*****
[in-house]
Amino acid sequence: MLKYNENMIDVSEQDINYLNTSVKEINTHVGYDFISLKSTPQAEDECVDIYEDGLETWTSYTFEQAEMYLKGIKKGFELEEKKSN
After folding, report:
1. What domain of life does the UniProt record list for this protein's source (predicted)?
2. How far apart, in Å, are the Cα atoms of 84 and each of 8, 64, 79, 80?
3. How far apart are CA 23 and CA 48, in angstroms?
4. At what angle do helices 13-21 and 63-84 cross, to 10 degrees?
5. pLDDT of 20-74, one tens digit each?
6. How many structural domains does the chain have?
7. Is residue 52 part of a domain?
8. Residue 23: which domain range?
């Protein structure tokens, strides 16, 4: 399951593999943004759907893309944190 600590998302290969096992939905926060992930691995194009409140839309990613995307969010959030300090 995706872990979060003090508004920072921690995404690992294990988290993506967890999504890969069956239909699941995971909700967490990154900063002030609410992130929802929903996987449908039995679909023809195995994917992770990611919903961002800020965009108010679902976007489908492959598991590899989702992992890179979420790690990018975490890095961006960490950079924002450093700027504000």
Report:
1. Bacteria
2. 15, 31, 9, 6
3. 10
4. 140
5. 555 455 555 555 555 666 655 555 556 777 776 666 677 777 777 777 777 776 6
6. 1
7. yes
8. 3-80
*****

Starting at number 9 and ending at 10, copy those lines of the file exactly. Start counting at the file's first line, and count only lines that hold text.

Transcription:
6. How many structural domains does the chain have?
7. Is residue 52 part of a domain?